Posted Date: April 5, 2016
A profile of 2016 Team Member Kerry Smith and her dog Hype.
The World Agility Championship in The Netherlands is only a few weeks away! Meet Team Member Kerry Smith and her dog Hype.
Where do you live?
I live in Magnolia, Texas
which is outside the city of Houston.
How did you first
get involved with agility?
I had two Dachshunds, and
with my competitive personality I wanted to try performance events. One Dachshund competed in obedience and the other, Xena, I started in
agility. She was not easy to train and was a very frustrating dog for a few
years, but once we clicked she became my go-to dog. She is one of a
kind. I then decided I had international aspirations and I had always
loved Border Collies. I still remember in July of 2009 I had a dream that
I had a Border Collie named Hype. Four months later Hype fell into my
lap. We clicked from our first interaction.
What made you
decide to compete?
I have always been
competitive. I grew up riding horses; hunter/jumpers and eventing, as it
seems many agility people have a horse background. I always felt like
something was missing if I wasn't working towards some goal or
competition. Not that most people get a Dachshund and think agility
but she was actually pretty athletic and quick. Once I started there was no
Do you (or did you)
participate in any other dog sports or training with your dogs?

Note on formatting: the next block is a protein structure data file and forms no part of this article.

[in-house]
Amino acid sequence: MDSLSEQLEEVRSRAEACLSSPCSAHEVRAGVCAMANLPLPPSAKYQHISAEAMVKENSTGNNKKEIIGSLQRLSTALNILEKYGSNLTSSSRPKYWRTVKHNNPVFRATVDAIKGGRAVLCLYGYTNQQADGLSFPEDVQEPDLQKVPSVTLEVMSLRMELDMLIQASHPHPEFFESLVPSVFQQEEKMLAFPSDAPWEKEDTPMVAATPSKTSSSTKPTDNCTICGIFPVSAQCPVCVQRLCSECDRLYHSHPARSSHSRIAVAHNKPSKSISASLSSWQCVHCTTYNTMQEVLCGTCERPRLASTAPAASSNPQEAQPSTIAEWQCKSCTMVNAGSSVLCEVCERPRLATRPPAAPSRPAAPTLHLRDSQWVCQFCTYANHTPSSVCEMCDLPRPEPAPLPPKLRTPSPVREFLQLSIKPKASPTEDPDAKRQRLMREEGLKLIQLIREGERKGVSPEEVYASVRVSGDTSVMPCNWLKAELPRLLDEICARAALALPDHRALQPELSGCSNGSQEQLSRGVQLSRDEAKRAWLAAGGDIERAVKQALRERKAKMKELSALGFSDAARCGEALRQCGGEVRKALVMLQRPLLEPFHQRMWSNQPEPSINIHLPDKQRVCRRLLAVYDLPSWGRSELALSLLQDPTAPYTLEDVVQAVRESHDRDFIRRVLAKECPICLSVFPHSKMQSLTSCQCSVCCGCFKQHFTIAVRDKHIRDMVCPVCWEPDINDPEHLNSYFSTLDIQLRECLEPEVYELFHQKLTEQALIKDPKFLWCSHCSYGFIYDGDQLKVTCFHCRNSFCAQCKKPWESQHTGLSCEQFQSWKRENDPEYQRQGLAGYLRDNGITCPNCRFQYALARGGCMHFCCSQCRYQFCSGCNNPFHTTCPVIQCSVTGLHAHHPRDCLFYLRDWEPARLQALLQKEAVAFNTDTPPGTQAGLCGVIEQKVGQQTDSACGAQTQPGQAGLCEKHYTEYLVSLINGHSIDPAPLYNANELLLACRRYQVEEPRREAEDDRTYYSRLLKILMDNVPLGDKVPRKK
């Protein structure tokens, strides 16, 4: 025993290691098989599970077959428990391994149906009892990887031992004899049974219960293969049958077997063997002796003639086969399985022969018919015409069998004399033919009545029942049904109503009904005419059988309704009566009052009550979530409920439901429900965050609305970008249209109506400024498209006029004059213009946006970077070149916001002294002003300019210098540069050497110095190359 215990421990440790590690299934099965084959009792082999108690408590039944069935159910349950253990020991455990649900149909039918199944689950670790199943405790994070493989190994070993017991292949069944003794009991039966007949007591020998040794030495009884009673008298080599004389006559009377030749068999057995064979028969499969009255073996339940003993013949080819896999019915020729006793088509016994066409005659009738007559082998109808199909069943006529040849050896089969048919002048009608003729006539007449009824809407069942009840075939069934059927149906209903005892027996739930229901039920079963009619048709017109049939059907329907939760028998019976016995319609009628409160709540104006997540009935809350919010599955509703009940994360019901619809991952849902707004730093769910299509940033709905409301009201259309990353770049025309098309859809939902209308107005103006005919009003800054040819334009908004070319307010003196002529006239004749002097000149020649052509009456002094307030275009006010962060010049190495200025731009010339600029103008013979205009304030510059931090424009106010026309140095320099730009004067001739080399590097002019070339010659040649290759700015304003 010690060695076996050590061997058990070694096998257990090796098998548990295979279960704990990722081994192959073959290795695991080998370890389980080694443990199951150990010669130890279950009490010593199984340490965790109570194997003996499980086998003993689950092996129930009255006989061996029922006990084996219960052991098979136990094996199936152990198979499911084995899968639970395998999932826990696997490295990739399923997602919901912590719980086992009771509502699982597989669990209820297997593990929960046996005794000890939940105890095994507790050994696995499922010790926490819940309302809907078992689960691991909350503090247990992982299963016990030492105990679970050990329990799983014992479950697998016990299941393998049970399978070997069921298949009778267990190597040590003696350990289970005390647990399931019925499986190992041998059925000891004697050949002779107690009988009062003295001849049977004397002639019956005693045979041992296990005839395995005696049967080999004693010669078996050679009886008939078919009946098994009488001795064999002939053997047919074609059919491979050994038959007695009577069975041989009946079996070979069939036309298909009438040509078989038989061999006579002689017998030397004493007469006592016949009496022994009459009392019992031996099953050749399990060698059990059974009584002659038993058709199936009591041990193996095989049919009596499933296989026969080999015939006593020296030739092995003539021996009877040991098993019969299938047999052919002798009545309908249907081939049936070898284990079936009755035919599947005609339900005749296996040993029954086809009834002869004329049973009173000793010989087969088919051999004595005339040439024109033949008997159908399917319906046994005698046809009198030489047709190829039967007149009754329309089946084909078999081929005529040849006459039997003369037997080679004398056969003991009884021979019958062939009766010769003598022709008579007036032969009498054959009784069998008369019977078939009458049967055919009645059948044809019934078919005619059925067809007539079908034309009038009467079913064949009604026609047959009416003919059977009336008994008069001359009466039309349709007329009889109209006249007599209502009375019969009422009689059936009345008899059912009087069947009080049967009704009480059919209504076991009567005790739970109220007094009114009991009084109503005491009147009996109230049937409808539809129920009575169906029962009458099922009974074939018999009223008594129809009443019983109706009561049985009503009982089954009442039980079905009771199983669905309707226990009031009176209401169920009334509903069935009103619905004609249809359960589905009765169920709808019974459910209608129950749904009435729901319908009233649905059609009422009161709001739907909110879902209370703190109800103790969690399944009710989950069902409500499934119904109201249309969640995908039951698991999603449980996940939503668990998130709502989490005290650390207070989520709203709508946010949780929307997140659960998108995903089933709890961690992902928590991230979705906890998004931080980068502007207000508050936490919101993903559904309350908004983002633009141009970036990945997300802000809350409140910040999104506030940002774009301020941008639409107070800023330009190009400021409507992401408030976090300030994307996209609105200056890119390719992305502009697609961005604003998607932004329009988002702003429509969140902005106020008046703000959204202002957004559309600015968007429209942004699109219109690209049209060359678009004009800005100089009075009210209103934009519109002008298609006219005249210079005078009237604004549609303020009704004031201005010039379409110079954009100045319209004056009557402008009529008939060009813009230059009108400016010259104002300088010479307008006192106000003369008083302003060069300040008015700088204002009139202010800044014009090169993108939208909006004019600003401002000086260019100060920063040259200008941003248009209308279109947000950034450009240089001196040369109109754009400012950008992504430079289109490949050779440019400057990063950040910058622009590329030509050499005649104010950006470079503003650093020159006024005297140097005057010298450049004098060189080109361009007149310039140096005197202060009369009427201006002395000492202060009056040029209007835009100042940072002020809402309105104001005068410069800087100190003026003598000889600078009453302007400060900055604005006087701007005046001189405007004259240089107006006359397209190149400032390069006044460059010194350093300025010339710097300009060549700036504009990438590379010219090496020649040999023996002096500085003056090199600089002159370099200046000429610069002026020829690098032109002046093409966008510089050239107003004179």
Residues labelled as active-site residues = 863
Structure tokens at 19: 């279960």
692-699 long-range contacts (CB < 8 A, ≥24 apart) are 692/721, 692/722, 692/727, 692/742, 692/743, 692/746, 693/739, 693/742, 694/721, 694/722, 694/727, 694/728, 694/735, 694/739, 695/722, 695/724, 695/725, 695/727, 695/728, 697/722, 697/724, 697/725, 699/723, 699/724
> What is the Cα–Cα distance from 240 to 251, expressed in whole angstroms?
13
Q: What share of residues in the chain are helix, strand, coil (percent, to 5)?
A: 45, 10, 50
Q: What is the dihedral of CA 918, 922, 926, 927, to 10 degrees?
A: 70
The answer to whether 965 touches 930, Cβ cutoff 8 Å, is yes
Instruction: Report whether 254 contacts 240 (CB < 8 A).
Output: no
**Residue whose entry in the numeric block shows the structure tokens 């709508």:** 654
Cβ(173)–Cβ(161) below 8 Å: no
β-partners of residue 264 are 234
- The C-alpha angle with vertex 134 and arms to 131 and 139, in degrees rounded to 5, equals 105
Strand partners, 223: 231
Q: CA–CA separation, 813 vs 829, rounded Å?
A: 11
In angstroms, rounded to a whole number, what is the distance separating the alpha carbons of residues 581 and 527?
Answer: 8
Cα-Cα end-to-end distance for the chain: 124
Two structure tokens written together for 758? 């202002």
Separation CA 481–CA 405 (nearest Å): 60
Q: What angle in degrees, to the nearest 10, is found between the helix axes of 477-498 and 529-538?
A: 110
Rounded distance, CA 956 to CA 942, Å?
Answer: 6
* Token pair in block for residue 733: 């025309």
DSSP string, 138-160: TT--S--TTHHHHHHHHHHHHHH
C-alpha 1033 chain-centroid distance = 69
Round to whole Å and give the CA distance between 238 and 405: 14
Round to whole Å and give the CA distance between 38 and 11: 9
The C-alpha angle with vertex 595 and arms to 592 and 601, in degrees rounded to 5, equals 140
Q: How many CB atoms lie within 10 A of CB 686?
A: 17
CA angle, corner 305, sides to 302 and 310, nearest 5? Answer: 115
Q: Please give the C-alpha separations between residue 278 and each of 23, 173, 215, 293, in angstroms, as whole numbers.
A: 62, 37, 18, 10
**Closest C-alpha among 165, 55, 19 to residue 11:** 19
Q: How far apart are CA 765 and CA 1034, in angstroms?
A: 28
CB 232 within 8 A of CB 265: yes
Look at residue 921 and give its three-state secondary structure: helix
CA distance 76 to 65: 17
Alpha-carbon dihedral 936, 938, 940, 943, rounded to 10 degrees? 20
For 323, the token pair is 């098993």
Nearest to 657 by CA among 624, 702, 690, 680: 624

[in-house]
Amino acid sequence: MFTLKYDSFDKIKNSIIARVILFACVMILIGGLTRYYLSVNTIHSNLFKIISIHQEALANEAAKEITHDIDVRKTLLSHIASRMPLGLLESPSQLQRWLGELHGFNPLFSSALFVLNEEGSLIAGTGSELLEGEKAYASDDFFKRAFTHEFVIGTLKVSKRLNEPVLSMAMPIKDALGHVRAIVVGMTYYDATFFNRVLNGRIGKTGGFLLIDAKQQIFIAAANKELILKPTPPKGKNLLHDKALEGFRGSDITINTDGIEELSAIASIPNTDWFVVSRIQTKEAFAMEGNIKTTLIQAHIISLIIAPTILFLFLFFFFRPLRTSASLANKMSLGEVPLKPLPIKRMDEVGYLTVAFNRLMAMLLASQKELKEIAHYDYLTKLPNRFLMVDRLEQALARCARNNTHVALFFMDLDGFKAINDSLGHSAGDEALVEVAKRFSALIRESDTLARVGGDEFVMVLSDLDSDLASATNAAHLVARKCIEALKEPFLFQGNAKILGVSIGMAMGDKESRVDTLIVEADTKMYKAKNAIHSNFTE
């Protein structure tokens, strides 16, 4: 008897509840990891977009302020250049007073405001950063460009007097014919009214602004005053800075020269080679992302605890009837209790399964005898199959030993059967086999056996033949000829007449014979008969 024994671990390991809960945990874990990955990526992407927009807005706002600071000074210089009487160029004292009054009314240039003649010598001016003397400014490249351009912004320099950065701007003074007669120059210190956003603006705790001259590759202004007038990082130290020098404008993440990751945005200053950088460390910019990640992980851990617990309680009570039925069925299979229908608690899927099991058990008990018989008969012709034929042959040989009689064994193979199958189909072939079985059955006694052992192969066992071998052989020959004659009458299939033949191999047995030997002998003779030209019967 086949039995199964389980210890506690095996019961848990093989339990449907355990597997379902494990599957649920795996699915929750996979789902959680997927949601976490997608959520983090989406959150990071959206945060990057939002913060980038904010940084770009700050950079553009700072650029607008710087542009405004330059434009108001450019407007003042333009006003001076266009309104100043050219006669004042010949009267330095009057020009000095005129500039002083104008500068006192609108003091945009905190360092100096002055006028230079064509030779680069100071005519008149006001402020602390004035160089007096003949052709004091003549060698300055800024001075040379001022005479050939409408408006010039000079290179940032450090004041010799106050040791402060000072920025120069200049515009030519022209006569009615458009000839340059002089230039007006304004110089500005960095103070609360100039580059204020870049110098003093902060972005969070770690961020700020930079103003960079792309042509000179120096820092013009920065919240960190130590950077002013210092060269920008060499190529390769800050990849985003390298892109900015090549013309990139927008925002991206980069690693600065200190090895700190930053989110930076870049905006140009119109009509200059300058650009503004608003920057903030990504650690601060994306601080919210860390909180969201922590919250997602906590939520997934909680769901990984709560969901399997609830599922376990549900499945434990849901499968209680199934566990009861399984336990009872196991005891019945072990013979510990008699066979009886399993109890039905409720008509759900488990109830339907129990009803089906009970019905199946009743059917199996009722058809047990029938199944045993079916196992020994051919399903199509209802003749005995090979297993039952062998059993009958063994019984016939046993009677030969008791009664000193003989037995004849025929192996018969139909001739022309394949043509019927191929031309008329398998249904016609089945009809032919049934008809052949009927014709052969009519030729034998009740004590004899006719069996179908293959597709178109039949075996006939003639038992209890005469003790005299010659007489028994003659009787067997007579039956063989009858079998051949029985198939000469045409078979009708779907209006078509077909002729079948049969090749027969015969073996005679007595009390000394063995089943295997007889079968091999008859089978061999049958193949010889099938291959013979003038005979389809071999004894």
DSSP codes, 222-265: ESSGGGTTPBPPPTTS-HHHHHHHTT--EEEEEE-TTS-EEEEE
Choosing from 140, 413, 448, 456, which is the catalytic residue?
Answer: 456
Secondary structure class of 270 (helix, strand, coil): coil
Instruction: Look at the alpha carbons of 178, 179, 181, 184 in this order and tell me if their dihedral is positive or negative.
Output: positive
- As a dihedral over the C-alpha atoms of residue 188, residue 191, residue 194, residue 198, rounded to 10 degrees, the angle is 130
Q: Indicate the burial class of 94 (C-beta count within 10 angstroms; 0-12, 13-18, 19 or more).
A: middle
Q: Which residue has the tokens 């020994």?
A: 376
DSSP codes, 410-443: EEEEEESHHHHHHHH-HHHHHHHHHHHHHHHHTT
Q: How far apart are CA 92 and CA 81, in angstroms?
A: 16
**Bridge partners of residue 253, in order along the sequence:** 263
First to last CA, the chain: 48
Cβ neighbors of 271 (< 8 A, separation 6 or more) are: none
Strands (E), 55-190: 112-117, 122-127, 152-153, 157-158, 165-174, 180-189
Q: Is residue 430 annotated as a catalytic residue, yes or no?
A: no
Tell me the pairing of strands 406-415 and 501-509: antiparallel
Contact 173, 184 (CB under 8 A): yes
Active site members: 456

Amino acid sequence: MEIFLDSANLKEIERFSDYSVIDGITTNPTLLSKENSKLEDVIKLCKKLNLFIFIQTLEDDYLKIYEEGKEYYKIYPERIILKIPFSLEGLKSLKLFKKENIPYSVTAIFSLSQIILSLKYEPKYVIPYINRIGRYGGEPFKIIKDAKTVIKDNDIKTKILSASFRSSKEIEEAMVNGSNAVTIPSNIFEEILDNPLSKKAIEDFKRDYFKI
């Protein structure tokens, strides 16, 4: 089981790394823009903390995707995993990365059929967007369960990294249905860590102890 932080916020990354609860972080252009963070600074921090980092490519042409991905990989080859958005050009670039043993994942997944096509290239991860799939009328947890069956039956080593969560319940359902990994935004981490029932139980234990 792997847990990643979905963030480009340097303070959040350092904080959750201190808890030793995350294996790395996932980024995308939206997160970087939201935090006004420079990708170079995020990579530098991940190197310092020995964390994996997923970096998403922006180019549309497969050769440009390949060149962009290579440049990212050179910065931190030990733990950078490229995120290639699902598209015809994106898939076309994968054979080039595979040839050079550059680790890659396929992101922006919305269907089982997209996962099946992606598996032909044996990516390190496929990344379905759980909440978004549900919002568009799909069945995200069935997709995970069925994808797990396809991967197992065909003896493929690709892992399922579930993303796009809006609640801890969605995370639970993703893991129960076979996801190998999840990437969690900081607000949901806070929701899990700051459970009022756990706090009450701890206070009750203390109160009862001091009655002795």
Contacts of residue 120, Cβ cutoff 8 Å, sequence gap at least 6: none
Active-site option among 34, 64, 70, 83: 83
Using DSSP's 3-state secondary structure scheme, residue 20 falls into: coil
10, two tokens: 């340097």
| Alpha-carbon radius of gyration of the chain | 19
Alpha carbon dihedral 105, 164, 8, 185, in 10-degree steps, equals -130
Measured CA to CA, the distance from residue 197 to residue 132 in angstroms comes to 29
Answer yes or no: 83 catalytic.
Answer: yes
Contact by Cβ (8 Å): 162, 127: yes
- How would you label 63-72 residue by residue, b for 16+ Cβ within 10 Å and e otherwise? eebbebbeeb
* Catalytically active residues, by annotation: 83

I have done competitive
obedience, some earthdog and dock diving, but agility has always been my main
focus. Hype has also been in several commercials. She loves the camera!
Tell us more about the dog you will be competing with as an IFCS
Hype is a big-hearted dog
in a small package. She is small but feisty and wants everyone to know
it. Hype is 110 percent all-in when she is in the ring but at home she is
the easiest dog to live with. She is very sweet and loving and quiet, with
a great off switch. To see her run you wouldn't know it. Even as a
puppy she was serious about work and would work till she dropped if I let
her. She has taken me on an incredible journey in such a short time.
Does your dog have
any quirks or unique habits that you would love to share?
Well anyone who
knows Hype knows that she is not a very quiet dog in the ring. At home
though she is usually sleeping and the quietest of all my dogs. One of
the funny things about her is if I cough she drops to the ground and hides and
is quiet. This worked great to teach her to be quiet outside the ring
waiting for our run. I think of it as my Hype kryptonite. :) She is
a very tough, pushy and confident dog so it is very bizarre to see something so
minor bother her so much. Not sure what caused it, but she doesn't do it
when other people cough and no other noises bother her. I can even tell
her I'm going to cough and she knows the word and calms down. At least it
spares everyone's ears around us when we are standing on the line.
Are there any
challenges you have faced with your dog that you'd be willing to share and how
you both overcame the challenge and achieved success?
Obviously coming from
running a Dachshund there were drastic differences. I trained Hype on my
own at home. I read a lot of books, watched videos
and tons of YouTube videos of handlers I admired and studying runs in slow motion over